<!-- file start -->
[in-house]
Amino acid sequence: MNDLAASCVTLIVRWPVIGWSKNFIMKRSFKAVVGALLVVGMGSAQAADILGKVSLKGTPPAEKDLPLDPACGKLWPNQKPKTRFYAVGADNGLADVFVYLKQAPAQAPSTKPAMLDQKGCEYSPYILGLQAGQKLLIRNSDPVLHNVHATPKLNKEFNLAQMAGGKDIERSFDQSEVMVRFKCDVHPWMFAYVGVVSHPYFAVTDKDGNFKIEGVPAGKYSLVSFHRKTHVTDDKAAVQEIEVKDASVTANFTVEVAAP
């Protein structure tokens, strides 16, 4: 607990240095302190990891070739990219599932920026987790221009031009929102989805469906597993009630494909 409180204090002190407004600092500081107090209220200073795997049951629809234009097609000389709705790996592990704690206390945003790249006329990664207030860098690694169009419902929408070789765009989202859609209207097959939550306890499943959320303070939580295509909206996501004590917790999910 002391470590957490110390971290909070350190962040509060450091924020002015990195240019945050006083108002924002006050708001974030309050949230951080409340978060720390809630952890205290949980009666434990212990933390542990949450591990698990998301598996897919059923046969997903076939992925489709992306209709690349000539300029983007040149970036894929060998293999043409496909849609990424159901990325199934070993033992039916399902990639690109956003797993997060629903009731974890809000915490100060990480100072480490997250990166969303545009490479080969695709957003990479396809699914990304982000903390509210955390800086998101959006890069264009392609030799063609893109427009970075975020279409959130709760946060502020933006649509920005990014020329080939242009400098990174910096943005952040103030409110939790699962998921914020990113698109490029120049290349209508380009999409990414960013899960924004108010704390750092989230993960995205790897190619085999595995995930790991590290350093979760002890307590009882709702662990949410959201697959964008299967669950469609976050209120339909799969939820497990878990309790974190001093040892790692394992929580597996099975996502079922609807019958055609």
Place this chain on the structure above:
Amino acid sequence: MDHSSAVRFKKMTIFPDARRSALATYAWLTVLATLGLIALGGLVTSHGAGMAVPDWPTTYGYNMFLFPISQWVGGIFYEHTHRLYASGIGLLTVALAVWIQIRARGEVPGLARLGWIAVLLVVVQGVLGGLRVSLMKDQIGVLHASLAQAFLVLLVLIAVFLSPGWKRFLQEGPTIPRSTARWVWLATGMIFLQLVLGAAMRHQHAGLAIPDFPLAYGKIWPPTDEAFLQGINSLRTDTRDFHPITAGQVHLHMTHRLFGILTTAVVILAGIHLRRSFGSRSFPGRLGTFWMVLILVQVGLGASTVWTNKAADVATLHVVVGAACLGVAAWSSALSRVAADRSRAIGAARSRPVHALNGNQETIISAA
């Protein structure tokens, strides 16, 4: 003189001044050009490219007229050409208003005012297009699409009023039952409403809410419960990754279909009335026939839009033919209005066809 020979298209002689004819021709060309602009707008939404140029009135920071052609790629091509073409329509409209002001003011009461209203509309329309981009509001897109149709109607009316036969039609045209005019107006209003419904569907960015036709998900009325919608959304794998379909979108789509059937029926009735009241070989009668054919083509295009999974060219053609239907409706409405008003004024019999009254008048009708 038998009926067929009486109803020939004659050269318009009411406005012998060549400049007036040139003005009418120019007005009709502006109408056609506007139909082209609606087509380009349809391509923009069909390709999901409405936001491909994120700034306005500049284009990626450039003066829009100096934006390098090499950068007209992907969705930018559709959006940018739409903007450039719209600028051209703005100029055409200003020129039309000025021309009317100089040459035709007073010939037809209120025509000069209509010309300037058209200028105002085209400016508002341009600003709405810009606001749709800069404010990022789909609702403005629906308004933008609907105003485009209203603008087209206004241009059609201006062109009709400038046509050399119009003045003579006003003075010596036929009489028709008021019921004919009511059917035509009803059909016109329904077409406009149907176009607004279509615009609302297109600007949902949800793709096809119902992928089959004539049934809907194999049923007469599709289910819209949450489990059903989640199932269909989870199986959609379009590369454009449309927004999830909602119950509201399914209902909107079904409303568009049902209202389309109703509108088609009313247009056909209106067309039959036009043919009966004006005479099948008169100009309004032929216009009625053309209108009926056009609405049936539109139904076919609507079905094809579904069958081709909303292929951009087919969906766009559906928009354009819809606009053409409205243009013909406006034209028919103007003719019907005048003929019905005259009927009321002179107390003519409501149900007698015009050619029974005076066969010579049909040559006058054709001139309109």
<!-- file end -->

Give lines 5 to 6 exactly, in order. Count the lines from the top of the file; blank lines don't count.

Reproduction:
Amino acid sequence: MDHSSAVRFKKMTIFPDARRSALATYAWLTVLATLGLIALGGLVTSHGAGMAVPDWPTTYGYNMFLFPISQWVGGIFYEHTHRLYASGIGLLTVALAVWIQIRARGEVPGLARLGWIAVLLVVVQGVLGGLRVSLMKDQIGVLHASLAQAFLVLLVLIAVFLSPGWKRFLQEGPTIPRSTARWVWLATGMIFLQLVLGAAMRHQHAGLAIPDFPLAYGKIWPPTDEAFLQGINSLRTDTRDFHPITAGQVHLHMTHRLFGILTTAVVILAGIHLRRSFGSRSFPGRLGTFWMVLILVQVGLGASTVWTNKAADVATLHVVVGAACLGVAAWSSALSRVAADRSRAIGAARSRPVHALNGNQETIISAA
């Protein structure tokens, strides 16, 4: 003189001044050009490219007229050409208003005012297009699409009023039952409403809410419960990754279909009335026939839009033919209005066809 020979298209002689004819021709060309602009707008939404140029009135920071052609790629091509073409329509409209002001003011009461209203509309329309981009509001897109149709109607009316036969039609045209005019107006209003419904569907960015036709998900009325919608959304794998379909979108789509059937029926009735009241070989009668054919083509295009999974060219053609239907409706409405008003004024019999009254008048009708 038998009926067929009486109803020939004659050269318009009411406005012998060549400049007036040139003005009418120019007005009709502006109408056609506007139909082209609606087509380009349809391509923009069909390709999901409405936001491909994120700034306005500049284009990626450039003066829009100096934006390098090499950068007209992907969705930018559709959006940018739409903007450039719209600028051209703005100029055409200003020129039309000025021309009317100089040459035709007073010939037809209120025509000069209509010309300037058209200028105002085209400016508002341009600003709405810009606001749709800069404010990022789909609702403005629906308004933008609907105003485009209203603008087209206004241009059609201006062109009709400038046509050399119009003045003579006003003075010596036929009489028709008021019921004919009511059917035509009803059909016109329904077409406009149907176009607004279509615009609302297109600007949902949800793709096809119902992928089959004539049934809907194999049923007469599709289910819209949450489990059903989640199932269909989870199986959609379009590369454009449309927004999830909602119950509201399914209902909107079904409303568009049902209202389309109703509108088609009313247009056909209106067309039959036009043919009966004006005479099948008169100009309004032929216009009625053309209108009926056009609405049936539109139904076919609507079905094809579904069958081709909303292929951009087919969906766009559906928009354009819809606009053409409205243009013909406006034209028919103007003719019907005048003929019905005259009927009321002179107390003519409501149900007698015009050619029974005076066969010579049909040559006058054709001139309109």